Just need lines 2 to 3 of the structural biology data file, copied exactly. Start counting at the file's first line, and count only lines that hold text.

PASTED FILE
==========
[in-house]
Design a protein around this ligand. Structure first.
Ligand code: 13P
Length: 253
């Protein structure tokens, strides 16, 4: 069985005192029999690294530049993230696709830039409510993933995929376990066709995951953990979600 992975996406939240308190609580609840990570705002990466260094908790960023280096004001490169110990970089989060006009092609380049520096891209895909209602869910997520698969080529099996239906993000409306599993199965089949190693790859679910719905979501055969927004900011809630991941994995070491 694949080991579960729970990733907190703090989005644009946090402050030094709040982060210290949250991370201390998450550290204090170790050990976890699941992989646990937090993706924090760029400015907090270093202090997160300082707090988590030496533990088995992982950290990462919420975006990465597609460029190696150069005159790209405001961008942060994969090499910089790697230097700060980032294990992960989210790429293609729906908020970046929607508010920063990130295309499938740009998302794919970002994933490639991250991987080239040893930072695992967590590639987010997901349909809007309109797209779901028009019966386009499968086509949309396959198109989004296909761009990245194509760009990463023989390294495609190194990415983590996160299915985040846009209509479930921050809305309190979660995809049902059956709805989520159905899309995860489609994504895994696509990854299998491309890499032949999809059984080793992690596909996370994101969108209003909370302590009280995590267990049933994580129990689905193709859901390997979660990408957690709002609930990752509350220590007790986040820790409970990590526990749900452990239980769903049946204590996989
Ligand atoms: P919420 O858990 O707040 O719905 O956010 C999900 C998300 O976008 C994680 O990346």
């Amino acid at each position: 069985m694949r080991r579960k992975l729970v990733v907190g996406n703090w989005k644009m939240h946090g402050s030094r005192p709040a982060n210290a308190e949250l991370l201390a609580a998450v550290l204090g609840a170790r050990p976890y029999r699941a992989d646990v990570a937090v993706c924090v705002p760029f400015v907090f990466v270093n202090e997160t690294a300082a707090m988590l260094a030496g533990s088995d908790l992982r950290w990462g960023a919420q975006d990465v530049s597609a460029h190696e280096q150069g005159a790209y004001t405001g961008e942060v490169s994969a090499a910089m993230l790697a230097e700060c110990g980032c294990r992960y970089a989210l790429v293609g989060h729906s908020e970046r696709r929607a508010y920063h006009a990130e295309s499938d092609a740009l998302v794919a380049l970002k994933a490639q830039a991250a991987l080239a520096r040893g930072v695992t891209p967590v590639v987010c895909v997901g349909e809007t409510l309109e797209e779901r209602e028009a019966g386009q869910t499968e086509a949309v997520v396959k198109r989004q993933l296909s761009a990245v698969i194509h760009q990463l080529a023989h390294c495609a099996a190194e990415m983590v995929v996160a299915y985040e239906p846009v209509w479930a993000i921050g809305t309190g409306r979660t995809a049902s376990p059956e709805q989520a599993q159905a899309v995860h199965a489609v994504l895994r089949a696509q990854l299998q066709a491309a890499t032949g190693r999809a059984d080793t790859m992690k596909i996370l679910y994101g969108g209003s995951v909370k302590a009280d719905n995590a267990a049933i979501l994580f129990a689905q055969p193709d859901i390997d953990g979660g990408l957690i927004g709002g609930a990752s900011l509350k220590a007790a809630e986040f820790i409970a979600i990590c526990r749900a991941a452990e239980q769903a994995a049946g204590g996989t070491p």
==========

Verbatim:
Design a protein around this ligand. Structure first.
Ligand code: 13P